Fifty years ago, Lois North and Peggy Joan Maxie, ’72, two of just eight women in the Washington state Legislature, worked on an equal rights amendment to the state constitution. North, a Republican, and Maxie, a Democrat and the first African American woman elected to the Legislature, found bipartisan support for the effort. This included Gov. Dan Evans, ’48, ’49, a Republican, the Seattle League of Women, the ACLU, NAACP, the Washington Federation of Republican Women and the Young Republicans of King County.
With voter approval, Washington became one of the earlier states to ratify a gender equity amendment (though in 1890, Wyoming passed a broad amendment that included sex and race), but it was a long time coming. The first efforts, nationally, started 50 years earlier, says Kim England, director of the Harry Bridges Center for Labor Studies at the UW. It was in the wake of the success of the 19th Amendment to the U.S. Constitution guaranteeing women the right to vote. “There was a lot of vitality and excitement about what else could we pass,” she says. A first effort to secure full equity for women went to Congress in 1923. But it was buried in committee.
In the late 1960s, a new women’s movement arose. The National Organization for Women led the effort to revive the amendment and by 1972, it had the approval of both houses. From there it was up to the states to ratify. The ERA needed the ratification of 38 states. That’s when the opposition came out strong, England says.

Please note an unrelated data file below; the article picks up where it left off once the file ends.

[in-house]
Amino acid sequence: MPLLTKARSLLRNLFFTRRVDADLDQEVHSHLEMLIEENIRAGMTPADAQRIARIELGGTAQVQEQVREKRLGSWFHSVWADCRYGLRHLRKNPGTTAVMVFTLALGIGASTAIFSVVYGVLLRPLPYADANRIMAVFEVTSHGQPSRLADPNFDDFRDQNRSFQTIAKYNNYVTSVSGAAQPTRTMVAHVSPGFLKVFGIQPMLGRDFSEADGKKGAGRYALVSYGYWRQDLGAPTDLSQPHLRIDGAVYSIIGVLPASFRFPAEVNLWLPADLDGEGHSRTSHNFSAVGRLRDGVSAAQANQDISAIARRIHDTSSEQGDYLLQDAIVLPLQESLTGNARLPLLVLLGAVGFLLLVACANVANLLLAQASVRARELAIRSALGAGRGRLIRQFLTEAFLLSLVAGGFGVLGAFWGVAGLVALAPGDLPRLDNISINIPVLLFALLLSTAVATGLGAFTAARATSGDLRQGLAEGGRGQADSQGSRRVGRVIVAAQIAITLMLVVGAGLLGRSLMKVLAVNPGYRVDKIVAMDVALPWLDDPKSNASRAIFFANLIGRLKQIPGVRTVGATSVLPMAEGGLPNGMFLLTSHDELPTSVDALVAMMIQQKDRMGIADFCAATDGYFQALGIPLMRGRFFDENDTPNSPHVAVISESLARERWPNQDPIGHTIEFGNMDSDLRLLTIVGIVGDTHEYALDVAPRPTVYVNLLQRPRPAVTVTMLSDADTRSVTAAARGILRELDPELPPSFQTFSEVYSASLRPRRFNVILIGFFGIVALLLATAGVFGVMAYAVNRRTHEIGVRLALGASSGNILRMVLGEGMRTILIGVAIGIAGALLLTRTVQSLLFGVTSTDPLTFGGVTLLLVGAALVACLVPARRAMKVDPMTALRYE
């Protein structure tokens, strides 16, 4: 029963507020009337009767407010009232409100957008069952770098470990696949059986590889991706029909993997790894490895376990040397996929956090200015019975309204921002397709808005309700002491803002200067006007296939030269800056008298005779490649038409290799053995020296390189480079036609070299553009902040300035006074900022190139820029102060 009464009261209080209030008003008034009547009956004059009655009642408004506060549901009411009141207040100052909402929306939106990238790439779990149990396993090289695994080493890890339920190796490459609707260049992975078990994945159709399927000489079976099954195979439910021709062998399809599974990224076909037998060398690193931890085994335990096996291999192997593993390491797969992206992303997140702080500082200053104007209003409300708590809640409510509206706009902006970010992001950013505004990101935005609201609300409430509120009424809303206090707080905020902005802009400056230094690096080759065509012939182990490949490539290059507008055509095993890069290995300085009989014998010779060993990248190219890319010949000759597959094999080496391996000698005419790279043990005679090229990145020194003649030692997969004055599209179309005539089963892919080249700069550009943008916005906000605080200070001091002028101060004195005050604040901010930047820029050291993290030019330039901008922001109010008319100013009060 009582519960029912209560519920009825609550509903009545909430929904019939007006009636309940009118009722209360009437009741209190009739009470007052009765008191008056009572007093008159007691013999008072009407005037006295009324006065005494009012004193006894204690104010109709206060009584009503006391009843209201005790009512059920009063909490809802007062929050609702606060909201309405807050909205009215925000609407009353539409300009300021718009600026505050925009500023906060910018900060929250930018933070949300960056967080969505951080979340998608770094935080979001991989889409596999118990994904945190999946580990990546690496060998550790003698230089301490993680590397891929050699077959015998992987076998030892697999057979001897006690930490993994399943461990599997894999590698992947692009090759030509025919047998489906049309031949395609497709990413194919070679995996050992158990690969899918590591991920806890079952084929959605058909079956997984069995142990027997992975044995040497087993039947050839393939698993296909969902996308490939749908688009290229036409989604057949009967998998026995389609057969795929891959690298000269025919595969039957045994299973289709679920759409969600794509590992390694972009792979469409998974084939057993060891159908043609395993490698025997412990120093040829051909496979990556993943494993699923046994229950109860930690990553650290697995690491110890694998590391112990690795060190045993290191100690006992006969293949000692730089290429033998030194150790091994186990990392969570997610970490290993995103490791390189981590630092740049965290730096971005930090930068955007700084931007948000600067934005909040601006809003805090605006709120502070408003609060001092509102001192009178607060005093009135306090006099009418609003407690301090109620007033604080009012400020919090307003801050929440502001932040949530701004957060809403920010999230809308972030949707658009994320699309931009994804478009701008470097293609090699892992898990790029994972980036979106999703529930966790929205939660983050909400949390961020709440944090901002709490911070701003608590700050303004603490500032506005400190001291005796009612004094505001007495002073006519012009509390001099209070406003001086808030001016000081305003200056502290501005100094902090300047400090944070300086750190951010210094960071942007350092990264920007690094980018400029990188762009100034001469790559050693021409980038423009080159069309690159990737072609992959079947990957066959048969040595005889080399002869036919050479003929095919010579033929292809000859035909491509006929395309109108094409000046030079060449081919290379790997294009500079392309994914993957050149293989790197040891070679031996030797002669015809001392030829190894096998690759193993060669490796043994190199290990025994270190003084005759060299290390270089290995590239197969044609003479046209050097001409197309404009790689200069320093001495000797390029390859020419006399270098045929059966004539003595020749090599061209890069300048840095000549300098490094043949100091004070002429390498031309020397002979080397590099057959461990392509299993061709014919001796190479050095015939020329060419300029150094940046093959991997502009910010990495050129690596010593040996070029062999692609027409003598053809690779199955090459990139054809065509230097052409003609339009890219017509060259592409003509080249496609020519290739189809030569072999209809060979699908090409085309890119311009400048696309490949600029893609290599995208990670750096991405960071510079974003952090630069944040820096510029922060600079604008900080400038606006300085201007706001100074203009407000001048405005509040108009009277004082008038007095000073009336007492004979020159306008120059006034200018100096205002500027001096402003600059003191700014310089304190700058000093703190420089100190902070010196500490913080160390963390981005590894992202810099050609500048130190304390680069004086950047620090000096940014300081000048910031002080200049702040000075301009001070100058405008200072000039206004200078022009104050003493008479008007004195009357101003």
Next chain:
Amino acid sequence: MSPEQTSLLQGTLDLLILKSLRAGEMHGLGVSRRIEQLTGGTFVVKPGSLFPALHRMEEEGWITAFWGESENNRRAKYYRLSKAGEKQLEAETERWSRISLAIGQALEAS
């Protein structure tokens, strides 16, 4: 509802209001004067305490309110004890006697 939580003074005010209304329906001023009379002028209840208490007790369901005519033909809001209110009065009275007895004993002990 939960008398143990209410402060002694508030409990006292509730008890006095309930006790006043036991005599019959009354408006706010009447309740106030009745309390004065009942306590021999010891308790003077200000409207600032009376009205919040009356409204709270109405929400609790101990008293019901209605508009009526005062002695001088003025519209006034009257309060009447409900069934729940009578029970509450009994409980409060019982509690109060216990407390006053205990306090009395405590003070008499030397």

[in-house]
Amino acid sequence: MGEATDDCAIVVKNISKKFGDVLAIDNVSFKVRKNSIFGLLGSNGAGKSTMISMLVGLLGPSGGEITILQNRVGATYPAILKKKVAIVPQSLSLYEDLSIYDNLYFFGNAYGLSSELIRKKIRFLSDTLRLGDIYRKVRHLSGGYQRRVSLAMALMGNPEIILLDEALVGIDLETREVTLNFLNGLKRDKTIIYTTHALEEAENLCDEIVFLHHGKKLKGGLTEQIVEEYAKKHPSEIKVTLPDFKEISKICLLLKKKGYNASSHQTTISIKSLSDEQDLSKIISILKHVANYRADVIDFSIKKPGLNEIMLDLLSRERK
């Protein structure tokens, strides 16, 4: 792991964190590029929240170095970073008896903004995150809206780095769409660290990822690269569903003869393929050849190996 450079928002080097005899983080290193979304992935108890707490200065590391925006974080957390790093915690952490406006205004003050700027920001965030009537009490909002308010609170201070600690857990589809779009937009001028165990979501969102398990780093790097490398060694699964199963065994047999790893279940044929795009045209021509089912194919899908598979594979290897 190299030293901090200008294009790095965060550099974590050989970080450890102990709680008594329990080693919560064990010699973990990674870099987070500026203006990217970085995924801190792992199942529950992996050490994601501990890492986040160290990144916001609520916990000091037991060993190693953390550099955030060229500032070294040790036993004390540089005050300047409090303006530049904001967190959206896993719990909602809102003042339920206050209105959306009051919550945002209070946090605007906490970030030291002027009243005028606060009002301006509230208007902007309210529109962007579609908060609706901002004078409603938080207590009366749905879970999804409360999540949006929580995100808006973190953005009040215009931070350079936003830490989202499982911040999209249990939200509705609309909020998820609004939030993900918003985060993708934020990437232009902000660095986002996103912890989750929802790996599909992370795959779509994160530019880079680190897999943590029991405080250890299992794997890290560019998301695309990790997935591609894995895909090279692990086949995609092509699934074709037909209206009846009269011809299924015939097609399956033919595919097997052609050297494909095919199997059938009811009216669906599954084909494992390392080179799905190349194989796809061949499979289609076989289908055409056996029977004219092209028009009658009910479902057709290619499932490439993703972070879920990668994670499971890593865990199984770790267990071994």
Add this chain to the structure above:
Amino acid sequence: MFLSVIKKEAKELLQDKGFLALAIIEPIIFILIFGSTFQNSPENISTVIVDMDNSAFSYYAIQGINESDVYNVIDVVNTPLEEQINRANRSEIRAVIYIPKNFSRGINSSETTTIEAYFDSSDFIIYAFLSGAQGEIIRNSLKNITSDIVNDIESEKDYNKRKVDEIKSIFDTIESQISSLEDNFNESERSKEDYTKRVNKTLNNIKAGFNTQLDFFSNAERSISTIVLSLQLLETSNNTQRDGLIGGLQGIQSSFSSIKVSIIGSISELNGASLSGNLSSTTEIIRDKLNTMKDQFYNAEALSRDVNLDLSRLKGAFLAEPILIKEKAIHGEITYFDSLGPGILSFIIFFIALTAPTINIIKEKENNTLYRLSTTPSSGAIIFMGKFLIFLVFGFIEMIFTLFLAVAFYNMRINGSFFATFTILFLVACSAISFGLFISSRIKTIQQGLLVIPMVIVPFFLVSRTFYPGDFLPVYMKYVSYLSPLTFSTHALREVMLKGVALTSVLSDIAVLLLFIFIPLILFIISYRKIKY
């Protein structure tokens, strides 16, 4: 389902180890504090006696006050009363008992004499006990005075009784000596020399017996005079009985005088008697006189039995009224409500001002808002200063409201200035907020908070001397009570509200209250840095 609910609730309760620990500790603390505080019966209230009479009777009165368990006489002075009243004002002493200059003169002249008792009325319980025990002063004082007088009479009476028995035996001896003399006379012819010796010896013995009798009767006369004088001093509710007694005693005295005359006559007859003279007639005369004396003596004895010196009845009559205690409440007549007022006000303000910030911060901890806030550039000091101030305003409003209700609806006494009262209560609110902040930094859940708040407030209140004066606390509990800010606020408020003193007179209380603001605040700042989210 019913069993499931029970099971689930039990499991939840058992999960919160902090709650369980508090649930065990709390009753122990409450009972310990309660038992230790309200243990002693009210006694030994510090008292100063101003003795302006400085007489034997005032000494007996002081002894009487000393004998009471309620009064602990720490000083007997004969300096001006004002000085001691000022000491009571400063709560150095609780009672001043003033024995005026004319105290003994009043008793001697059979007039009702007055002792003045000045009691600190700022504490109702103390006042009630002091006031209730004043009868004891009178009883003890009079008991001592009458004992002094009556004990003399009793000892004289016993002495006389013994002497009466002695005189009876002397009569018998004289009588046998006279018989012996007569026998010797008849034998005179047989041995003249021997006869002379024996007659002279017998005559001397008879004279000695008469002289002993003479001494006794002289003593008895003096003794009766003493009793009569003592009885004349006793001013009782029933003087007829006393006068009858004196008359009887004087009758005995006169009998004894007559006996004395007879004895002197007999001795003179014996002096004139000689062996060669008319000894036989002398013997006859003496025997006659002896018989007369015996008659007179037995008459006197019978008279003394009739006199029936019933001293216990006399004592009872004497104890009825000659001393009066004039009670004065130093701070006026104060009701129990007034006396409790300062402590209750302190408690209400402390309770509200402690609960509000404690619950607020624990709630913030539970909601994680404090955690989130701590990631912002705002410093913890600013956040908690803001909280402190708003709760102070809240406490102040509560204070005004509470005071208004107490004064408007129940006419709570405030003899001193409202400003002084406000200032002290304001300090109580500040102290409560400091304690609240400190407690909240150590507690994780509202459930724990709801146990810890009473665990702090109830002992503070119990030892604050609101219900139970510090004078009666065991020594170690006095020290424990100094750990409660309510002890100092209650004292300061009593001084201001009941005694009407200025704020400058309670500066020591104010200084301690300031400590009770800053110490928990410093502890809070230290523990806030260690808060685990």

Both nationally and locally, those opposed to the ERA focused on similar concerns. “Really it was a struggle around where is women’s place,” she says. It was a time when women couldn’t apply for credit without the co-signature of a man. Some of the arguments against it claimed that it would lead to same-sex bathrooms and same-sex marriages. “It is fascinating that those things have come to pass regardless,” says England.
By amending the constitution instead of creating a law, the legislators and voters did something more powerful and unalterable.
In Washington state, according to a 1972 voters guide, opponents argued that women would lose “certain preferential treatments” such as special rates for auto insurance, that girls would have to compete with boys in sports like “high school wrestling,” and divorce settlements would be less advantageous to women.
That November, voters approved the amendment. “It wasn’t just an easy pass,” England says. “The opposition took people by surprise.” There were 645,115 votes for and 631,746 votes against. Absentee ballots in King County put it over the top.
As a student, Maria Hodgins, ’20, wrote about the state ERA for the Washington Law Review. Though rarely used, it is still a powerful legal tool, she says. By amending the constitution instead of creating a law, the legislators and voters did something more powerful and unalterable.
It has appeared in just a few court cases over the past five decades. Nonetheless, simply having a state ERA increases the prospect of judges applying a higher standard of law in sex discrimination cases, Hodgins says.
Maybe someday there will finally be a federal equal rights amendment, something powerful and permanent, she adds. “I hope it happens in my lifetime.”